Tag Archives: tidelands

Legal questions abound for beach walking, driving

It has been seven months since I launched an informal poll that asks whether people should be allowed to walk across privately owned tidelands as a basic right reserved to the public. The number of respondents has reached nearly 500, and I’d say it is time to retire the poll.

Last July, when I examined the legal implications of the Public Trust Doctrine for a story in the Kitsap Sun, the issue generated 91 lively comments on all sides of the issue. (See the bottom of the story.) Subsequently, I discussed the questions further in Water Ways on July 8, when I launched the poll.

As responses have grown, the percentage of people in each camp has remained nearly the same. In the final count, 62 percent of respondents (301 votes) said the public should be allowed to walk across private tidelands below the high-tide mark.

The remainder was split almost equally between those who believed the public has no right to walk across private tidelands (93 votes) and those who believe the courts should strike a balance, perhaps by allowing people to walk on a lower section of beach when the tide is out (92 votes).
Continue reading

Beach-walkers are still waiting for a legal answer

For 30 years, I’ve wondered about the Public Trust Doctrine and whether you and I have a right to walk across private tidelands throughout the Puget Sound area.

On a few occasions, I’ve written about the general principles of the Public Trust Doctrine, but last week I dug a bit deeper and came up with a story published in Tuesday’s Kitsap Sun.

I’ve received a lot of nice comments about my balanced approach to the story. That’s much appreciated, given the contentious nature of this subject. As of this writing, the story has received 75 comments from readers. The discussion got so heated at one point that someone asked Kitsap Sun editors to call a halt to the debate. Comments are still coming in, and things have calmed down.

Please take a moment and weigh in with your opinion in the poll over in the right-hand column of this blog. Also, feel free to comment here, or join the discussion on the story itself.

So, do average citizens have the right to walk across someone’s private tidelands? As I explain in the story, this question cannot be answered today, because our state Supreme Court has never ruled on the subject. The Public Trust Doctrine certainly provides for a public right to float across private tidelands in a boat and to take fish and other creatures in conformance with state law.

Shellfish are another issue, however, since the state recognizes that these embedded creatures belong to the property owner in most cases.

The vast majority of waterfront property owners I interviewed for this story said they would not object to someone crossing their tidelands, provided the person does not cause any damage along the way. Some commenters added that people also should not pick up anything on the beach. Now this is another unanswered question for me, and perhaps one of you has the answer: Do beach-walkers or even people in a boat have the right to pick up something that washes in with the tide?

I seem to recall that visitors are not allowed pick up driftwood or other natural items that may be habitat for critters, which are generally protected under state law. But if a man-made item washes ashore, such as a glass float, does the property owner have a greater right to claim the object than someone walking along the beach? I don’t know, but perhaps this is one of these unresolved issues — such as where someone may walk legally.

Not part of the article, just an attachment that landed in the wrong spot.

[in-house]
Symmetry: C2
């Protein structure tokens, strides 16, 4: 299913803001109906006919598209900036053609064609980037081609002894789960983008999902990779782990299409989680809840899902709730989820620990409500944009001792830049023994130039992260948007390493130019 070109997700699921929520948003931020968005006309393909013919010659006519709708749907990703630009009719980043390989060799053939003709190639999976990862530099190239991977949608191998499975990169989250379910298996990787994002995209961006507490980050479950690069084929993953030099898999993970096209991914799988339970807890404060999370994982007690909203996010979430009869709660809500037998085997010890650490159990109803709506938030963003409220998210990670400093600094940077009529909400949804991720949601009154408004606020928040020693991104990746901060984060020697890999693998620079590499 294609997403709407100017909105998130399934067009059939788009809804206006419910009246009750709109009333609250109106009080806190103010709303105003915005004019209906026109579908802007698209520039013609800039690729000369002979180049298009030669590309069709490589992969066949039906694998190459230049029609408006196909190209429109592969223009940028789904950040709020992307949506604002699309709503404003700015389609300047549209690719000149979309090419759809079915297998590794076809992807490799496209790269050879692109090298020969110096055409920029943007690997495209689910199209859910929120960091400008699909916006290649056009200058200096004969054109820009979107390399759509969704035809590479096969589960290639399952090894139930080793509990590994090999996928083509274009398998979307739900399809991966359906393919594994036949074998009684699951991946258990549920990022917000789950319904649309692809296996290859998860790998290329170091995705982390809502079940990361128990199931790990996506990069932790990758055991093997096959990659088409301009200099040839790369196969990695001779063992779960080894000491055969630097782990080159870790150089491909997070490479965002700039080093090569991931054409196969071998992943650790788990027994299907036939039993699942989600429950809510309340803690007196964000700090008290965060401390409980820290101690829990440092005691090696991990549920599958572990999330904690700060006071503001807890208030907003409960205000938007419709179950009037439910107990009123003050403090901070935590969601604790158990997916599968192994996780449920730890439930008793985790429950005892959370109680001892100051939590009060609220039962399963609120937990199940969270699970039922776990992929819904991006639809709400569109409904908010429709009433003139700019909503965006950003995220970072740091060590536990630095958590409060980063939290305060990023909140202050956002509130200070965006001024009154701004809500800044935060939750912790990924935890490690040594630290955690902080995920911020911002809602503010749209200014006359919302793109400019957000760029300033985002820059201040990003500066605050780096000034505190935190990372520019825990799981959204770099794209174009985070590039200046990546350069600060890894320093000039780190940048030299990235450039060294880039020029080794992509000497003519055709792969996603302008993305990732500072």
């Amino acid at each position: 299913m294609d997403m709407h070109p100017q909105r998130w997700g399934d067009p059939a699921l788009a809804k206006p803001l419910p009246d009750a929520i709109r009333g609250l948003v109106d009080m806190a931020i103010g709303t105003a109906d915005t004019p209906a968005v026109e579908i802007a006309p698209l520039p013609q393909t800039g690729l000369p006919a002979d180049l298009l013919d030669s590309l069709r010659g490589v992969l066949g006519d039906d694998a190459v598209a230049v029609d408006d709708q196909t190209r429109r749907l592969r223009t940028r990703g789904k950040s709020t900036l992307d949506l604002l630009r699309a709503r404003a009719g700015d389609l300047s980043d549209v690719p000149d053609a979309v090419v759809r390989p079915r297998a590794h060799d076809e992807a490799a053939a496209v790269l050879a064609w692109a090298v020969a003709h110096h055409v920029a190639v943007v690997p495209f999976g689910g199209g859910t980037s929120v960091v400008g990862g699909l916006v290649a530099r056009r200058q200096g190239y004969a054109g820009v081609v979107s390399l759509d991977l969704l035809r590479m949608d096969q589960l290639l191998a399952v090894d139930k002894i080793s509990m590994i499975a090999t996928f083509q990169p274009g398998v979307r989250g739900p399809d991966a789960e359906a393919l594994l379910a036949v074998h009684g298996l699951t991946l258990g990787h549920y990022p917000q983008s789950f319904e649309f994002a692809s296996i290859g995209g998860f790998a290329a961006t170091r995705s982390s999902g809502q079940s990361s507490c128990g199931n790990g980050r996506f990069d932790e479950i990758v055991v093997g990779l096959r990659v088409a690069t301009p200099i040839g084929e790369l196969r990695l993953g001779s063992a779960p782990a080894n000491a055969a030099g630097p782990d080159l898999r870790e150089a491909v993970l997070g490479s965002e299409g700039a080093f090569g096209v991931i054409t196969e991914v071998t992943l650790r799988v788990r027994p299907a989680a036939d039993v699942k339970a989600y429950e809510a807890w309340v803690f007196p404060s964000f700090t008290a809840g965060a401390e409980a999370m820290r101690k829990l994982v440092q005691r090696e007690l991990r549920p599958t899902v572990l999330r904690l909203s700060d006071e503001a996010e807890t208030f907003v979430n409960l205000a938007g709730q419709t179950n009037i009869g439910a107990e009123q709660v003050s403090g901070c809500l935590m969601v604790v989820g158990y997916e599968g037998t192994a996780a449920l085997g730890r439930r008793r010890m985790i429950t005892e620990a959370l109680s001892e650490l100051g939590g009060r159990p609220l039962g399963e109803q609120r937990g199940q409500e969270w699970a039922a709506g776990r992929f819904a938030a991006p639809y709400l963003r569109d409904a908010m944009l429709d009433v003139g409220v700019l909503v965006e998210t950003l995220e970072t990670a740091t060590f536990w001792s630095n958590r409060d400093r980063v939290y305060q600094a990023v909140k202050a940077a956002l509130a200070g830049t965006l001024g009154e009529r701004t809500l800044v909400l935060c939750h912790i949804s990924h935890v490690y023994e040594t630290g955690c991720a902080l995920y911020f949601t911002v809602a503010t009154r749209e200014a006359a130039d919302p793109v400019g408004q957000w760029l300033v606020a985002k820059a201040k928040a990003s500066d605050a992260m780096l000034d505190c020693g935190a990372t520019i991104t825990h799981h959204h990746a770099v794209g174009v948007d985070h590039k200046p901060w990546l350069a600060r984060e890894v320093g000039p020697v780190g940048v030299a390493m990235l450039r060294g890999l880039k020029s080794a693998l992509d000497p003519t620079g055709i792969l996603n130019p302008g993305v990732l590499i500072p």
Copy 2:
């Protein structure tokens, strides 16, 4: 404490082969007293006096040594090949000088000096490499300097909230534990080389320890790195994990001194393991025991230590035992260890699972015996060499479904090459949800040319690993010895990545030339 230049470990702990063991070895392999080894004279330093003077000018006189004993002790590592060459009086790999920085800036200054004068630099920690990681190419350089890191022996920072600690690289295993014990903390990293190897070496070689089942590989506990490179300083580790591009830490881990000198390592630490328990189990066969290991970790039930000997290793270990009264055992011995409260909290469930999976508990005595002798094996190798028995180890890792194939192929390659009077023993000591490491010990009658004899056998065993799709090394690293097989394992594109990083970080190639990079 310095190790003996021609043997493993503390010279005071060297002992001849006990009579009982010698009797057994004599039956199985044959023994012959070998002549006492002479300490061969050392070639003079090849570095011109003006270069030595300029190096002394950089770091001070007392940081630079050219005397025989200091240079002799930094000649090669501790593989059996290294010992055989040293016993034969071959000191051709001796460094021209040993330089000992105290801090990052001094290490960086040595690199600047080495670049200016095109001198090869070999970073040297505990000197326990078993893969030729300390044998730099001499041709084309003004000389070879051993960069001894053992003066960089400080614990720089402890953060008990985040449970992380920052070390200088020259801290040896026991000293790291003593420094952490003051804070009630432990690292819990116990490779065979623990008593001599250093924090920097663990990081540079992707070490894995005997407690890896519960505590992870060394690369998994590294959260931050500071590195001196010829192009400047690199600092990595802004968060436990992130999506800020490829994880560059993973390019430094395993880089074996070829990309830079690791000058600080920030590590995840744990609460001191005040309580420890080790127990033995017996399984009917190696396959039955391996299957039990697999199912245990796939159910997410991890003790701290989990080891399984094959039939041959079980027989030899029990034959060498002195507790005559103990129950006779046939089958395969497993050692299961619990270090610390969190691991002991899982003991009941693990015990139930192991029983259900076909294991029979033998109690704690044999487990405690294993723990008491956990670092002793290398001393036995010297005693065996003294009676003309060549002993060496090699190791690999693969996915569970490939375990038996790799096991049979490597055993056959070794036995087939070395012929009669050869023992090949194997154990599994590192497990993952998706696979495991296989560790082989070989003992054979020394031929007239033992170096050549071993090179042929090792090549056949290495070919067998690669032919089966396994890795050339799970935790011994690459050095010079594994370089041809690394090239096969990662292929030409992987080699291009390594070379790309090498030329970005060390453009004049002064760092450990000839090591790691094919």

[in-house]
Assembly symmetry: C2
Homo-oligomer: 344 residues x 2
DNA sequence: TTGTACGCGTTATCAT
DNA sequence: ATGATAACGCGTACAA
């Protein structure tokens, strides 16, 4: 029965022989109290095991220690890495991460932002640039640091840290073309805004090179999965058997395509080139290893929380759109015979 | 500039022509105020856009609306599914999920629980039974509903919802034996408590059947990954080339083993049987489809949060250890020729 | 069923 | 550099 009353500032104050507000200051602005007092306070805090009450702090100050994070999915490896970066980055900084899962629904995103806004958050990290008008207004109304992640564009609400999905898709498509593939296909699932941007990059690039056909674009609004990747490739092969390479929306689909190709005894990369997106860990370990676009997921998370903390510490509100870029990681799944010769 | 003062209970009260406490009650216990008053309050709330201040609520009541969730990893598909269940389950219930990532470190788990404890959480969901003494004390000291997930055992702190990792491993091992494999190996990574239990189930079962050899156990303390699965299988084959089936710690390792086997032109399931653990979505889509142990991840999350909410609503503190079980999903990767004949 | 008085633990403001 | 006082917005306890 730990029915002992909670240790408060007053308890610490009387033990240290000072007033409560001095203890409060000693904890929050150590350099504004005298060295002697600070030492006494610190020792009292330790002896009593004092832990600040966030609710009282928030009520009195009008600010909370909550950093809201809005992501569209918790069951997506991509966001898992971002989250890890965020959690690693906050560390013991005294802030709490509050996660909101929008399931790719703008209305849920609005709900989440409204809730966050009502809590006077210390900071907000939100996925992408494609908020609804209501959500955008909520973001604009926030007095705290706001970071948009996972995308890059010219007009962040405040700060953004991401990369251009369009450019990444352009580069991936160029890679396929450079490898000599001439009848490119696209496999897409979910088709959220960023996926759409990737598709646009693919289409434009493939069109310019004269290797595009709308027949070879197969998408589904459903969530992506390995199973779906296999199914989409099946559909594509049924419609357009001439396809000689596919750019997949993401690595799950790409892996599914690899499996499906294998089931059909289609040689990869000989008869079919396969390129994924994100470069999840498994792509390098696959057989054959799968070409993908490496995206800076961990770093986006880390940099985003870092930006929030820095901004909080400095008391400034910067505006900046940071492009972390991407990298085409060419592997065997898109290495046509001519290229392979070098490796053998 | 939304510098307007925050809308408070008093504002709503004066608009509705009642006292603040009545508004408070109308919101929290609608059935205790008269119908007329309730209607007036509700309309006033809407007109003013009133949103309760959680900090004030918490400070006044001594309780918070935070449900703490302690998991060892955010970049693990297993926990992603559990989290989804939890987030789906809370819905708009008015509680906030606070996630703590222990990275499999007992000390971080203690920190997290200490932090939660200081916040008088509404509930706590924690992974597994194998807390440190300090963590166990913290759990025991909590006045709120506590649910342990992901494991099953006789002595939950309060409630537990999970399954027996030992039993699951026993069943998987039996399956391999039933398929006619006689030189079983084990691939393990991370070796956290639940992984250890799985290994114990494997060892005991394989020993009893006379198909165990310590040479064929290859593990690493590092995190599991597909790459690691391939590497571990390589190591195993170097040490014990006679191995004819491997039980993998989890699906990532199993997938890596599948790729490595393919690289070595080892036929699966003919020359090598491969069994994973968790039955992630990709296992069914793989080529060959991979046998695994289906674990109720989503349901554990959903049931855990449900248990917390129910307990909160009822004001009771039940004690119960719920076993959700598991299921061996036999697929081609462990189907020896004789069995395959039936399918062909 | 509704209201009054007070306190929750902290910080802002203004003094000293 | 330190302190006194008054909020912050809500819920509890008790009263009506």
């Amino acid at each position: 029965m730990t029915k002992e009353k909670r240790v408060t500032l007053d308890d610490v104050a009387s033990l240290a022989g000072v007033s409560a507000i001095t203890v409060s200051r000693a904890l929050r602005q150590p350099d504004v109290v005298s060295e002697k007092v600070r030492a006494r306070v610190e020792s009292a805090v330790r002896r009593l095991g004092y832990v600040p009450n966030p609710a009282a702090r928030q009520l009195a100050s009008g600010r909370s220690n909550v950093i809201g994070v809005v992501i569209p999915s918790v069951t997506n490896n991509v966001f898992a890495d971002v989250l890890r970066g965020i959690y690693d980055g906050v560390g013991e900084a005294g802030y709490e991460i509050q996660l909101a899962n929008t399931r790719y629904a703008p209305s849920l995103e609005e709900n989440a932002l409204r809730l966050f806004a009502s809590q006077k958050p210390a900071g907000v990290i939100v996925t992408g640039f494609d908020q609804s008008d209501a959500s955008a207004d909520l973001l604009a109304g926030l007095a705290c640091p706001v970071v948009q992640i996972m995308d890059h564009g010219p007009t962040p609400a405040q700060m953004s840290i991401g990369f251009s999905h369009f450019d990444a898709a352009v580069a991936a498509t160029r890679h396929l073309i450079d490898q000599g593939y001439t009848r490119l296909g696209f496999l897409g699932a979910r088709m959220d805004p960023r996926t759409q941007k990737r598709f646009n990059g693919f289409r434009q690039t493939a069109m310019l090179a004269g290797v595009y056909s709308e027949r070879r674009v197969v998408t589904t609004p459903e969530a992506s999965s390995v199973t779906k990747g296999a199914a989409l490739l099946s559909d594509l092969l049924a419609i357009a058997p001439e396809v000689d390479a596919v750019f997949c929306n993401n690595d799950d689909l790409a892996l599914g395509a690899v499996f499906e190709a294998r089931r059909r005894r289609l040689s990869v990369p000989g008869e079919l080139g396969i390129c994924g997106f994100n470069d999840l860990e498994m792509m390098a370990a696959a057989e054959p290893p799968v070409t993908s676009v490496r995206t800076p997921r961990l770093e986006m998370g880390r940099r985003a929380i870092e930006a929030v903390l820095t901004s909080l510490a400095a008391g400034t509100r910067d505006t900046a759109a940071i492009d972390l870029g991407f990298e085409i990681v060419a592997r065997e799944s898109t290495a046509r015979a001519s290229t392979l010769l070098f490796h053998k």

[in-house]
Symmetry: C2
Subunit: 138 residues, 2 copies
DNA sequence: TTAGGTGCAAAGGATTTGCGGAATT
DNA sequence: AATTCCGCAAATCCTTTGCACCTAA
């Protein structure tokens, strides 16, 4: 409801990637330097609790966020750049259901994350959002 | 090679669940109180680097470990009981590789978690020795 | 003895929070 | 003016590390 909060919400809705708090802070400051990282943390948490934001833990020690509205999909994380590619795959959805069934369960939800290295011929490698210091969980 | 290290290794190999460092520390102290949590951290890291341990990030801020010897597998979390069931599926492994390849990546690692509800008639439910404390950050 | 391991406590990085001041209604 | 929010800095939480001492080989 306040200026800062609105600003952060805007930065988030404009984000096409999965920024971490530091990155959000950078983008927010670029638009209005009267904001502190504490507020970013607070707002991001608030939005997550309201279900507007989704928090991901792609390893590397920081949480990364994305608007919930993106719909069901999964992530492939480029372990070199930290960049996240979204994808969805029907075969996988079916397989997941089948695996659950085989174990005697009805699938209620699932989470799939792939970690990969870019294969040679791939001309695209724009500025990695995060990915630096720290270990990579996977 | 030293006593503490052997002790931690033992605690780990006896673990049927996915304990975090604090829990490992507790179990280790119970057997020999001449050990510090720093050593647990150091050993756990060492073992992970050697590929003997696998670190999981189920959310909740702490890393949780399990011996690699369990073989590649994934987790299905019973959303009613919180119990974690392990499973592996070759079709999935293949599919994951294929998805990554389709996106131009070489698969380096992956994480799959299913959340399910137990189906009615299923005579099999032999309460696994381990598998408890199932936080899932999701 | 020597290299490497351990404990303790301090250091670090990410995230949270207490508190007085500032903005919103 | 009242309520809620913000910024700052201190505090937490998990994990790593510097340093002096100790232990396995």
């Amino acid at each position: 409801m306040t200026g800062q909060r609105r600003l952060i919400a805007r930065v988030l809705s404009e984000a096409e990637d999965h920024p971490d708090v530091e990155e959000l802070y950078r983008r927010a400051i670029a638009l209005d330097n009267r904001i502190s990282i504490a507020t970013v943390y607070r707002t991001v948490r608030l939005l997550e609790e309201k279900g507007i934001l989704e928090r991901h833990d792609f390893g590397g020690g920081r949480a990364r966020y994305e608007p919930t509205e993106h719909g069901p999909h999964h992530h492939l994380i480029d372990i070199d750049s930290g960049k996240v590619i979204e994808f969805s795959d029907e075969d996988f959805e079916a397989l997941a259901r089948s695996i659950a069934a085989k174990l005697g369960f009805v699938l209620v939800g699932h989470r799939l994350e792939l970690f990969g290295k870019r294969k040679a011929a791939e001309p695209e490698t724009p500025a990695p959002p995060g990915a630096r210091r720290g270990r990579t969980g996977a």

Assistant Attorney General Joe Panesko, who has been researching the Public Trust Doctrine for an upcoming article, pointed out that some commenters seem confused about where property rights end on the shoreline. It is not a simple issue in Washington state.

As Joe describes it, the state once owned all the tidelands and still owns the vast majority of bedlands, which are below the extreme low-tide mark. Between 1899 and 1911, tidelands sold by the state went from the ordinary high tide line down to the mean low tide line. In 1911, the state changed the definition of tidelands to extend all the way down to extreme low tide.

The state also sold a separate category of lands for the cultivation of oysters under two 1895 laws, the Bush Act and the Callow Act. Most of these lands were identified with legal descriptions that included “metes and bounds” instead of tidal elevations. Perhaps because of imprecise surveys, some of these lands still go down below extreme low tide. (This relates to recent stories about “trespass” by shellfish growers. (See Water Ways, June 24.)

Panesko tells me that a big challenge for tideland owners is that legal descriptions on deeds have become muddled as property has changed hands over the years.

“I’ve seen many current deeds for waterfront properties that include tidelands but fail to articulate the exact tidal boundary of the tidelands,” he wrote in an e-mail. “Also, as your article hints at, establishing the exact location of tidal boundaries on the beach really does require the sophisticated services of a competent surveyor. GPS devices don’t help much with regard to tidal elevations.”

While the Washington State Supreme Court has not defined the limits of the Public Trust Doctrine, courts in other states continue to address the issue. In some states, water resources and even habitat for wildlife are being included as holdings in “public trust.”

The case for beach-walking was nip and tuck for the shores of the Great Lakes in Michigan as recently as 2005. In Glass v. Goeckel, property rights advocates were delighted in 2004, when the Michigan Court of Appeals ruled that people could not walk along the beach unless their feet were in the water. (See Michigan Land Institute, July 27, 2004.). But about a year later, Michigan residents were back strolling the beach on dry land. (See MLI, Aug. 2, 2005.)